As ‘SNL’ spoofs Black Widow, leaked emails reveal studios’ gender bias

May 04, 2015 | 5:30 p.m.

Marvel fans have been wondering whether Scarlett Johansson will ever suit up for a Black Widow solo movie, following in the footsteps of Iron Man, Hulk, Thor and Captain America. If the studio ever gets around to it, they now have a hilarious “Saturday Night Live” spoof to remind them of what not to do.

When “The Avengers: Age of Ultron” co-star Johansson hosted “SNL” this weekend, it didn’t take long for her perpetually supporting role in the Marvel Cinematic Universe — and the state of onscreen female superheroes — to be skewered on the episode.

The spoof arrives at a time when Marvel Studios — and the superhero genre at large — has come under fire for the representation of female heroes on the big screen.

2004: Halle Berry as Catwoman in "Catwoman." (Doane Gregory / Warner Bros.)

Halle Berry in 2004’s “Catwoman.” (Doane Gregory / Warner Bros.)

A new batch of leaked emails from the Sony hack, posted at Wikileaks.org, indicates that Marvel Studios is still wary of female-driven superhero movies. In a leaked email sent to Sony’s Michael Lynton on Aug. 7, 2014, Marvel Entertainment Chief Executive Ike Perlmutter lists a number of recent (and not-so-recent) box office duds based on female superheroes — including 2004’s “Catwoman,” 2005’s “Elektra” and, bizarrely, “Supergirl” from 1984, a full three decades ago — with commentary about each film’s quality and low grosses.

The leak makes “SNL’s” faux trailer for the fictional “Black Widow: Age of Me” to appear impeccably timed.

The spoof video (above) answers the question, “Does Marvel not know how to make a girl superhero movie?” by reframing the butt-kicking Avenger Black Widow as a young professional looking for love and subjecting her to a slew of rom-com cliches, including an internship at a fashion magazine and a meet-cute with a dashing Ultron.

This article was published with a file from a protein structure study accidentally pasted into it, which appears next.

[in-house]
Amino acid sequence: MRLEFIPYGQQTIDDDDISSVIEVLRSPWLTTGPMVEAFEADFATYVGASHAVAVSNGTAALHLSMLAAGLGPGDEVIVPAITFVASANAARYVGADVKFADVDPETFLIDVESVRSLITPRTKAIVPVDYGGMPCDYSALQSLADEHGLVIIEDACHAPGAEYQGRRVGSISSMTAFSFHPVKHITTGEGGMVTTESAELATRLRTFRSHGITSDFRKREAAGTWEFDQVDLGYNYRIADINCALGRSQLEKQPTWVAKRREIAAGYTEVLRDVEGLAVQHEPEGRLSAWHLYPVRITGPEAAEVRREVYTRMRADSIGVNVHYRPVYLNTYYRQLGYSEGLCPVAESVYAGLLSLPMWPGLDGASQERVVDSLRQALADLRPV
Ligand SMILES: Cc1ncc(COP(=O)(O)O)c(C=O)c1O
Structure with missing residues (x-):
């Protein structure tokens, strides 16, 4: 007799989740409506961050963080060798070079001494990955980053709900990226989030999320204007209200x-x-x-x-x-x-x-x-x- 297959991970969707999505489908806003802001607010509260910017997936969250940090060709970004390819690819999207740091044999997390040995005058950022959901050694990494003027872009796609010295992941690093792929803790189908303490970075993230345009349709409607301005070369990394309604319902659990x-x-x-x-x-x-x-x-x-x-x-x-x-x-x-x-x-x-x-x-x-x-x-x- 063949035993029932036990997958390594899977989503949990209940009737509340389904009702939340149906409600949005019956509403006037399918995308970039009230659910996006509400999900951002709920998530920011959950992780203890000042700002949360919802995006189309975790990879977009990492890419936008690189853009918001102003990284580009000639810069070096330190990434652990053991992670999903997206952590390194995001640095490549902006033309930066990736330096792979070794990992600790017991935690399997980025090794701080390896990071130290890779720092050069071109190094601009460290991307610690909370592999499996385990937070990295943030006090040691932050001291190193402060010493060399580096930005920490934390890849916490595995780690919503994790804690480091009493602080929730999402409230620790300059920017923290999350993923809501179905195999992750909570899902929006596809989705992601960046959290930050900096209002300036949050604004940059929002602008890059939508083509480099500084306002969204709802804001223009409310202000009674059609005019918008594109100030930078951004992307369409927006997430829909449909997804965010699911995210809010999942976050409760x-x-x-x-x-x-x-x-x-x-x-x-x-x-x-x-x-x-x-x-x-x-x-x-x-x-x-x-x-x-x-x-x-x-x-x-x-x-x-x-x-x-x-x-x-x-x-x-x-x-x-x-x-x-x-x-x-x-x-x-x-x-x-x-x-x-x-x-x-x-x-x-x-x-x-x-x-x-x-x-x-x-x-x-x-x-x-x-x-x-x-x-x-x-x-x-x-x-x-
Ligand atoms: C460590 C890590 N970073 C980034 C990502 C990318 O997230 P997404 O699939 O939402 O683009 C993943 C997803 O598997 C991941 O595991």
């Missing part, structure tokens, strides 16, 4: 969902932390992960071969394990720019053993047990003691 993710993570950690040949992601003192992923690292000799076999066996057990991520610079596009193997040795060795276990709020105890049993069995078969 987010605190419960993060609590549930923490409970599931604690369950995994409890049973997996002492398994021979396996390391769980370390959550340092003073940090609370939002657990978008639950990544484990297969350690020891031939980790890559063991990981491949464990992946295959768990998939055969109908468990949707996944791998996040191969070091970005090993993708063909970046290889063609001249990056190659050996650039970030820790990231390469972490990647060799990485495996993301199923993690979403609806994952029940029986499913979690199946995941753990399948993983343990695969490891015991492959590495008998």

It also gives “SNL” cast members a chance to act out some superhero fantasies as they give their pal Black Widow romantic advice, with Beck Bennett playing squarer-than-usual Captain America, Jay Pharoah donning Samuel L. Jackson’s eye patch as Nick Fury, Taran Killam using Thor as a way to tweak the sassy gay roommate stereotype and Bobby Moynihan suiting up as a love-struck and hilariously grammar-impaired Incredible Hulk.

While Marvel hasn’t announced a “Black Widow” solo film, the studio has plans to bring the female hero “Captain Marvel” to the big screen in 2018, while Warner Bros. and DC Entertainment are developing a “Wonder Woman” feature for 2017, after first introducing her in next year’s “Batman v Superman: Dawn of Justice.”

Scarlett Johansson as Natasha Romanoff, left, and Mark Ruffalo as Bruce Banner in "Avengers: Age of Ultron." (Jay Maidment / Marvel)

Scarlett Johansson as Natasha Romanoff, left, and Mark Ruffalo as Bruce Banner in “Avengers: Age of Ultron.” (Jay Maidment / Marvel)

Marvel has also been highly criticized for the lack of Black Widow-related toys and merchandise, with “Avengers” co-star Mark Ruffalo recently pointing out that fact on Twitter.

In the meantime, Johansson has praised Marvel and “Age of Ultron” writer-director Joss Whedon for the representation of heroic ladies in the film, which also stars Elizabeth Olsen as Scarlet Witch.

“For so long, female superheroes have been mistreated, and I think women’s roles in general are often oversimplified and generic and saccharine,” Johansson told the Los Angeles Times in April.

“I’ve finally been able to be a part of creating this character that is really multifaceted, and it’s fallen into what is generally a kind of male-dominated genre,” Johansson added. “To finally be sharing that with somebody else, and certainly with Lizzie, is a wonderful thing and a step in the right direction.”

— Dave Lewis | @LATHeroComplex

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Related:

Elizabeth Olsen talks Scarlet Witch’s ‘Wiggly Woo’

‘Ultron’: James Spader builds an idiosyncratic villain

‘Avengers 2’: Kevin Feige wires Marvel movies for conquest

Scarlett Johansson, Elizabeth Olsen discuss ‘Avengers’ heroines’ move to front lines

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